In addition to their menu items, the duo experiments with specialty holiday fry breads.

“We put strawberries and whip cream on heart-shaped bread for Valentine’s, and then for Saint Patrick’s Day we put a little dye in our bread to make green fry bread and put them into clover shapes, just little ones like appetizers. People used them to dip into honey,” Luethje said.

He said his favorite thing about making fry bread is seeing people’s reactions when they eat.

“What I really like about fry bread and just the Indian taco, the whole of what we do, is whenever people take that first bite, especially if they’ve never tried one before and they just light up with a smile on their face. It really brings people together, and it’s a thing that’s passed on. That’s where we talk about it being more than just fry bread. It’s part of our culture now I think.”

For more information or to place an order, call 918-507-0089 or search “Fry Bread Factory” on Facebook.
ᏣᎳᎩ

ᏓᎵᏆ - ᎾᏍᎩᏃ ᎪᎢ ᏗᎬᏂᏍᏔᏅ ᎦᏚ ᎤᎪᏛ ᏓᏢᎰ ᏗᎵᏍᏓᏴᏗ ᏕᎦᏍᎩᎸ ᎤᎪᏛ ᎠᏁᎯᏯ ᎠᎹᏰᏟ ᏏᏓᏁᎸ ᏚᎾᏙᏢᏒᎢ, ᎪᎢ ᏗᎬᏂᏍᏔᏅ ᎦᏚ ᏧᏃᏢᏗᎢ ᎢᏧᎳ ᎤᎾᏤᎵ ᎢᏧᎳ William Luethje ᎠᎴ Annette Mankiller ᎾᏍᎩ ᏃᏊ ᎠᎾᏁᎳᏗ ᎾᎿ ᏗᎩᎶᏒ ᎢᎩᎩᏙᎸ ᎠᎵᏍᏓᏴᏗ ᎠᏃᏢᏍᎦ.

“ᏧᏓᎴᏅᏓ ᎠᎩᎷᏤᎭ ᎦᏓᏅᏖᎸᏍᎬᎢ. ᎠᏯᏃ ᎾᏍᎩ ᎦᏓᏅᏖᏍᎪ ᏫᏥᏁᎪ ᎢᏳᏍᏗ ᎠᎩᎷᏤᎲ ᎠᏆᏓᏅᏛᎢ,” ᎠᏗᏍᎬ Luethje. “ᏙᎩᎭ ᎠᏂᏴᏫᏯ ᏔᎪᎢ ᏙᎯᏳᎢ, ᎠᏎᏃ ᎤᎪᏛ ᎨᏒ ᎯᎠ ᏃᏣᏛᏁᎰ ᎦᏚ ᎠᏒᎾᏔᏅ ᏧᏜᏩᏓ ᏙᏦᏎᎰᎢ. ᏝᏃᏙ ᎾᏍᎩ ᏥᏄᎾᏍᏛ ᎪᎯᎨ ᏱᎨᏐᎢ ᎾᎿ ᎭᏫᏯ ᏗᎨᎵᏍᎩ.
ᎢᏴᏓᎭᏃ ᎾᎿ ᏙᏦᏢᏍᎪ Spam ᎠᎴ ᎤᏅᏓ ᎦᏚᏅᎢ. ᏧᏓᎴᏅᏓ ᎢᏗᎬᏁᎸᎢ.”

ᎠᏤᎯᏴ ᎪᏪᎵ ᎢᏳᏍᏗ ᎣᏥᏁᏕᎬᎢ ᎾᏍᎩ brisket ᎠᎴ ᎦᏅᏌᏁᏗ ᏏᏆ ᎭᏫᏯ ᎦᎾᏌᏁᏗ ᏫᎦᏬᎯᎸᏅᎢ.

“ᎣᏥᎩᏍᎬ ᎤᏔᎾ ᎦᏚ ᎪᎢ ᎬᏂᏍᏔᏅ ᎠᎴ ᏃᏊ ᎣᏥᎧᎵᎢᎰ ᎠᎴ ᏱᎦᏅᏌᏁᏏ ᏫᎫᏢᏙᏗ, ᏗᏓᏅᎦᏥᎦᎴᏍᏙᏗ ᎢᎬᏅᏙᏗ,” ᎠᏗᏍᎬᎢ Luethje. “ᎡᎵᏊ ᏍᏗᎢ barbeque sauce ᎦᏅᎵᏰᏗ, ᎢᏳᏍᏓᏊ ᏣᏚᎵᏍᎬᎢ. ᎠᎯᏓ ᎾᏍᎩ ᎢᎬᏅᏗ ᎠᎩᏍᏗ ᎤᏂᏣᏘ ᎠᏂᏴᏫ ᎤᏂᎸᏉᏓ ᎾᏍᎩ ᎢᏳᏍᏗ.”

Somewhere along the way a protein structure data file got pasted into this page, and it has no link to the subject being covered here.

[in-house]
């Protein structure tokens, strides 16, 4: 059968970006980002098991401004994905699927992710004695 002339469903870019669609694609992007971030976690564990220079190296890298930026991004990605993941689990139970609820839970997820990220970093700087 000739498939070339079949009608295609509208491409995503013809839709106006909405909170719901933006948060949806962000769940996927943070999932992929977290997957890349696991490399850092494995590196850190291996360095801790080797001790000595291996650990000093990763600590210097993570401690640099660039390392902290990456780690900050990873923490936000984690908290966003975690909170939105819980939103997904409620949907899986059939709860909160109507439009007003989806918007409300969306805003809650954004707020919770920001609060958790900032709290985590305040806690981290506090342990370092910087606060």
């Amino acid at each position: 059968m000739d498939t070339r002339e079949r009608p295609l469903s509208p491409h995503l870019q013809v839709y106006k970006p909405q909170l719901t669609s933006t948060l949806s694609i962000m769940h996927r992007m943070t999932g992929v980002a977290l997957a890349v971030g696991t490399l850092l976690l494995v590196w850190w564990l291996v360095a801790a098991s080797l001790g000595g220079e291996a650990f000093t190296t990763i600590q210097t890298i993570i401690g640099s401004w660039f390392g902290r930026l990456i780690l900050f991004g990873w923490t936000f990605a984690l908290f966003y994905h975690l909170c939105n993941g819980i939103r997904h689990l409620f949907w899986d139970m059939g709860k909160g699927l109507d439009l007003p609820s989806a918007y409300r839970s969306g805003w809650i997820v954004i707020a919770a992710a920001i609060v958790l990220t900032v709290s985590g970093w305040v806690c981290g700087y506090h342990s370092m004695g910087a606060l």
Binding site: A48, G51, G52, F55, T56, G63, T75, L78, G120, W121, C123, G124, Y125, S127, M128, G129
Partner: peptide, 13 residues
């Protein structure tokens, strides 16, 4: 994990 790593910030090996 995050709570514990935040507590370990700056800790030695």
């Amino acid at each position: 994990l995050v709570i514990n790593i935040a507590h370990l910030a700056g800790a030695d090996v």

Mankiller ᎧᎬᎮᏍᎬ ᎤᎾᎴᏅᎲ ᎠᏂᎾᏕᏒᎲᏍᎬ ᎾᎿ ᎠᏅᏱ ᎧᎸᎢ ᏔᎵ ᏯᎦᏴᎵ ᎦᎵᏆᏚ ᎤᏕᏘᏴᏌᏗᏒᎢ ᎠᎴ ᎣᎨᏅᏒ ᎾᎿ ᎠᎾᏓᎪᎾᏗᏍᎬ ᎠᎴ ᎠᏂᎾᏕᎨ ᎾᏍᎩ ᎦᏚ ᎪᎢ ᏗᎬᏂᏍᏔᏅᎢ. ᎾᎿ ᏔᎵᏯᎦᏴᎵ ᎦᎵᏆᏚ ᎤᎾᏓᏠᏎ ᎬᎾᏕᎾ ᎠᏂᏴᏫᏯ Taco ᏓᏃᏢᏍᎬᎢ ᏩᎦᎸᎳᏗᏴᎢ, ᎾᏍᎩ ᏑᏕᏘᏴᏓ ᎢᏳᏓᎵ ᎠᏍᏆᎵᏍᎬ ᎾᎿ Pawhuska.

“ᎤᎪᏓ ᏗᎵᏍᏕᎸᏓ ᏗᎦᎸᏫᏍᏓᏁᏗ ᎠᏯ ᎠᎴ ᎣᎦᎵᎪᎯ,” ᎠᏗᏍᎬ Mankiller. “ᎠᏯᏃ ᎤᎪᏛ ᎨᏒ ᎦᏓᏅᏖᎵᏙ ᎾᏍᎩ ᎢᏳᏍᏗ ᎠᏍᏆᎵᏍᎬ ᎣᎨᏅᏍᏗᎢ ᎠᎴ ᎢᏳᏍᏗ ᏯᏛᏗ ᎨᏒᎢ. ᎾᏍᎩᏃ ᏂᎦᏓ ᎦᏚ ᏗᎬᏣᏝᏅᎢ ᎦᏚ ᏕᎧᏃᎮᏍᎪ. ᎢᏳᏃ ᎣᏍᏓ ᎪᎢ ᏗᎬᏂᏍᏔᏅ ᎦᏚ ᏂᏗᏣᎲᎾ ᏱᎩ, Ꮭ ᎣᏍᏓ taco ᏱᏗᏣᎮᏍᏗ.”

Luethje’s ᎦᎸᏉᏗᏍᎪ ᎤᏥ Margaret ᏧᏙᎢᏓ ᎾᏍᎩ ᎤᏫᏛᎲ ᎦᏚ ᎪᎢ ᏗᎬᏂᏍᏔᏅ ᏅᏃᎯ ᎤᎾᏕᏙᏅᎯ.

ᎤᏓᎴᏅᎲ ᎪᎯᎦ ᎾᏍᎩ ᏥᏲᏟᏊ ᏥᎨᏒ ᎡᏥ ᎣᎩᎾᎵᎪᎯ ᏂᎪᎯᎸ ᎢᎸᏢ ᎣᏍᏕᎬ,” ᎠᏗᏍᎬᎢ. ᎤᎪᏓ ᏂᎪᎯᎸ ᎾᏍᎩ ᏥᏃᏍᏓᏛᏁᎲ ᏦᏍᏗᏓᎨ ᏥᎨᏒᎢ, ᎠᎴ ᎦᏥᎪᎢ ᎠᏂᏴᏫ ᎣᏍᏓ ᏚᎾᏓᏅᏙ ᎾᏍᎩ ᏳᏂᎶᏏ ᎾᎥᎢ. ᎾᏍᎩ ᏓᎩᏂᏴᏐᎢ, ᎠᎴ ᏙᎯᏳ ᎠᏆᏅᏛᎢ. ᎠᎴ ᎣᏍᏗᏃᎮᏍᎪ. ᏙᎯᏳ ᎣᏏᏱᎦ ᎾᏍᎩ ᏱᏂᎩᎾᏛᏁᎵ ᎦᏙᎲ ᏴᎦᎵᏍᏓ ᎣᎩᏁᎵᏒᎢ.”

ᏙᎯᏳᏃ Luethje ᎦᎸᏉᏗᏍᎪ ᎤᏥ ᎾᎿ ᏯᏛᏗ ᏗᎦᎸᏫᏍᏓᏁᏗᎢ “ᎠᏓᏌᎳᏗᏍᎪ” ᎾᎿ ᎪᎢ ᏗᎬᏂᏍᏔᏅ ᎦᏚ ᏱᏚᏬᏢᎾ ᎾᏍᎩᎾ ᏗᏟᎶᏍᏙᏗ ᎬᏗᏍᎪᎢ. “ᏍᏗᎦᎭᎢ ᎠᎩᏁᎭ ᎠᏇᏲᎲᏍᎪᎢ ᎠᎭᏂ ᎠᎴ ᎠᎨᎢ, ᎠᏎᏃ ᏒᎯᏰᏯ ᏱᏄᎵᏍᏔᏂ ᎦᏓᏅᏖᏍᎬ ᏂᎦᏓ ᏓᏂᎩᏍᎪ ᎪᎢ ᎬᏂᏍᏔᏅ ᎦᏚ. ᎠᎩᎭ ᎢᏌ ᎠᎩᎸᏉᏓ ᎠᏆᏙᏗᎢ, ᎠᎴ ᏯᏑᏰ ᏂᎦᏓ ᏣᏑᏴ, ᏃᏊ ᏣᏲᎰ ᎣᏍᏓ ᎤᏓᏑᎨᏗ. ᎪᏢᏍᎪ ᎤᏍᏗ ᎤᏅᏪᏓ ᏖᎵᏙ ᎠᎴ ᎾᎿ ᏥᎸᏍᎪ ᎢᏌ ᎦᏑᏰᏍᎪ. ᎠᎵᏏᏅᏓ. ᎡᏥ ᏱᏥᎦᏙᏍᏗ, ᎾᏍᎩ ᏕᎦᏰᏌᏛ ᏕᎬᏗᏍᎬ, ᎾᏍᎩᏃ ᏂᎦᏛᏁᎰᎢ. ᏝᏃ ᏙᎯᏳ ᏂᎦᏓ ᏱᎦᏟᎶᏍᎪ, ᎠᏆᏅᏙᏍᎩᏂ ᎢᎦ ᎦᎶᏗ ᎨᏒᎢ ᎦᏅᏓᏗᏍᎪᎢ.”

ᏫᎧᏁᏉᏓ ᎾᎿ ᎦᏳᎳ ᏕᎪᏪᎸᎢ, ᎾᏍᎩ ᎯᎠ ᎣᏣᏁᎶᏗᏍᎪ ᎤᏤᏟᏓ ᎠᎵᎮᎵᏍᏗ ᎢᎦ ᎪᎢ ᏓᏅᏂᏍᏗᏍᎪ ᎦᏚ.

“ᎢᎦᏓᏃ ᎠᏂ ᎠᎴ ᎤᎨᏢᏗ ᏙᏥᏍᏚᏟᏍᎪ ᎾᎿ ᎤᎾᏫ ᎤᏙᏢᏒ ᎠᎬᎭᎸᏓ ᎦᏙ ᎾᏍᎩ ᎤᎾᏫ ᎢᎪᎢ, ᎠᎴ ᎠᏅᏱ ᎦᎵᏆᏚᏏᏁ ᎾᏍᎩ ᎢᏤᎢᏳᏍᏗ ᏂᏙᏨᏁᎰ ᏚᎦ ᎪᎢ ᏙᏨᏂᏍᏗᏍᎪ ᎠᎴ ᎾᎿ Clover ᎤᏙᏢᏒ ᏂᏙᏨᏁᎰ, ᏧᏍᏗᏊ. ᎠᏂᏴᏫ ᏓᏅᏗᏍᎪ ᏩᏚᎵᏏ ᏓᏂᏢᏍᎪᎢ,” ᎠᏗᏍᎬᎢ Luethje.

ᎠᏗᏍᎬ ᏭᎸᏉᏛ ᎾᏍᎩ ᎪᏢᏍᎬ ᎯᎠ ᎪᎢ ᎬᏂᏍᏔᏅ ᎦᏚ ᎾᏍᎩ ᎾᎾᏛᏁᎲ ᏴᏫ ᎾᏍᎩᎾ ᎦᏚ ᏳᏂᎦ.

“ᎢᏳᏍᏗ ᎠᎩᎸᏉᏛ ᎾᎿ ᎪᎢ ᎬᏂᏍᏔᏅ ᎦᏚ ᎾᏍᎩ ᎠᎴ ᎠᏂᏴᏫᏯ Taco, ᎢᏳᏍᏗ ᏃᏣᏛᏁᎰ ᎠᏂᎸᏉᏗᏍᎪ, ᎢᎦ ᎤᎾᏁᎶᏔᏅ ᏱᎩ ᎢᎬᏱ ᎠᏠ ᏳᏂᎸᏉᏔᏂ ᎠᏂᎩᏍᎬᎢ. ᎠᎾᏓᏟᏏᏍᎪ ᎠᏂᏴᏫ ᎠᎴ ᎠᎾᎵᎮᎵᎪ ᎾᎾᏃ ᎣᏥᏃᎮᏍᎪ ᎾᏍᎩ ᎦᏚ ᎢᎦ ᎣᏍᏓ ᎨᏒ ᎠᎴ ᎾᏍᎩ ᎢᏳᏍᏗ ᏗᎩᎶᏒᎢ.”

ᎤᎪᏛ ᎧᏃᎮᏍᎩ ᎠᏕᎶᎰᎯᏍᏗ ᎠᎴ ᎠᏓᏅᏍᏗᎢ ᏲᏚᎵ, call 918-507-0089 0r search “Fry Bread Factory” on Facebook.

– TRANSLATED BY ANNA SIXKILLER